The synergy attitude starts with a calm belief that the best solutions to complex political problems are not found within one perspective, but rather through an integration of counterbalancing philosophies.      


The synergy approach is one where we first strive to understand the perspective of the other party and then strive to be understood.  Others are much more likely to hear our perspective if they perceive that we truly understand theirs.   


Synergy Actions suggest a style of communication which is respectful of others’ beliefs, looking for a solution that is superior to either party’s starting point.  If attempting to reach a synergy solution through normal discussion leads to conflict or impasse, then both parties need to agree to use a more formatted style to collaboratively reach a synergy solution:  


  1. One party (the presenter) shares his/her view of the issue and their solution.  These explanations need to be presented in a calm and reasonable tone, with no hostility or sarcasm.  No language should be used that is denigrating or judgmental about any individual who is speaking, their perspective or their actions.   

  2. The other party (the listener) gives back to the presenter his/her understanding of the problem and proposed solution, with no denigrating or judgmental terminology and in a calm tone that has no suggestion of sarcasm or hostility.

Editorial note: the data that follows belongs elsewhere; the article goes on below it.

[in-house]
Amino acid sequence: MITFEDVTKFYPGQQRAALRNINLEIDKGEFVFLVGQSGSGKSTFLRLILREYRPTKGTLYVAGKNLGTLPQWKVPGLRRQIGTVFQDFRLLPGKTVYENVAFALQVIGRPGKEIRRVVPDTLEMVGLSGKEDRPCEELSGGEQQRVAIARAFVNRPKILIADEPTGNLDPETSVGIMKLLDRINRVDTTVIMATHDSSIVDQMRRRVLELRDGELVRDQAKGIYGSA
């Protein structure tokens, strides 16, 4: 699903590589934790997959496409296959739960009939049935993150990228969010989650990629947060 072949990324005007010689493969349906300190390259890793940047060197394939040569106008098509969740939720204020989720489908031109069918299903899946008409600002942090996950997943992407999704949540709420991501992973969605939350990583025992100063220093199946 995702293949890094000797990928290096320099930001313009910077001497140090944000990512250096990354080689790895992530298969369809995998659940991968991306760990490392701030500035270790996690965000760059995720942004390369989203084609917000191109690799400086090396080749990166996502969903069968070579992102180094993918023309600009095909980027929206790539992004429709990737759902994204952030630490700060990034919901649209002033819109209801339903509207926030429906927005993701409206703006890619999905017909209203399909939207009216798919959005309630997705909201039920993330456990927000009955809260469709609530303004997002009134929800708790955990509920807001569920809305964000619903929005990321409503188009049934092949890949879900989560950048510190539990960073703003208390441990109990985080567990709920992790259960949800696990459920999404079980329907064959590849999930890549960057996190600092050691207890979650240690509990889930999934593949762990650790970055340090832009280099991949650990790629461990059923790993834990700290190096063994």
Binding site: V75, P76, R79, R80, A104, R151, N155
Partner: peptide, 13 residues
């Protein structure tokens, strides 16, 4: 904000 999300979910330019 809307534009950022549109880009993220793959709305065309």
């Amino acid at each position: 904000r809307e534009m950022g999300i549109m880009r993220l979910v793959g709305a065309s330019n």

3. Only once the presenter is satisfied that the listener understands, can the process change direction and the listener become the presenter.   

  4. Once each individual has shared in the first round, then the same style of communicating continues with a presenter and a listener.  In turn, each presenter is able to share his/her understanding of the inconsistencies in the perspectives on the problems and solutions, why certain solutions won’t resolve the problem and what might be done about it.  The process continues, trying to refine their shared understanding of the problem and propose optimum solutions.   

  5. Finally, a solution is agreed upon which optimally balances the best of both perspectives, to create a truly synergistic solution. 

  6. Patience is a significant part of this process.  Getting frustrated sabotages the process. 

By Dr. Patrick Quirk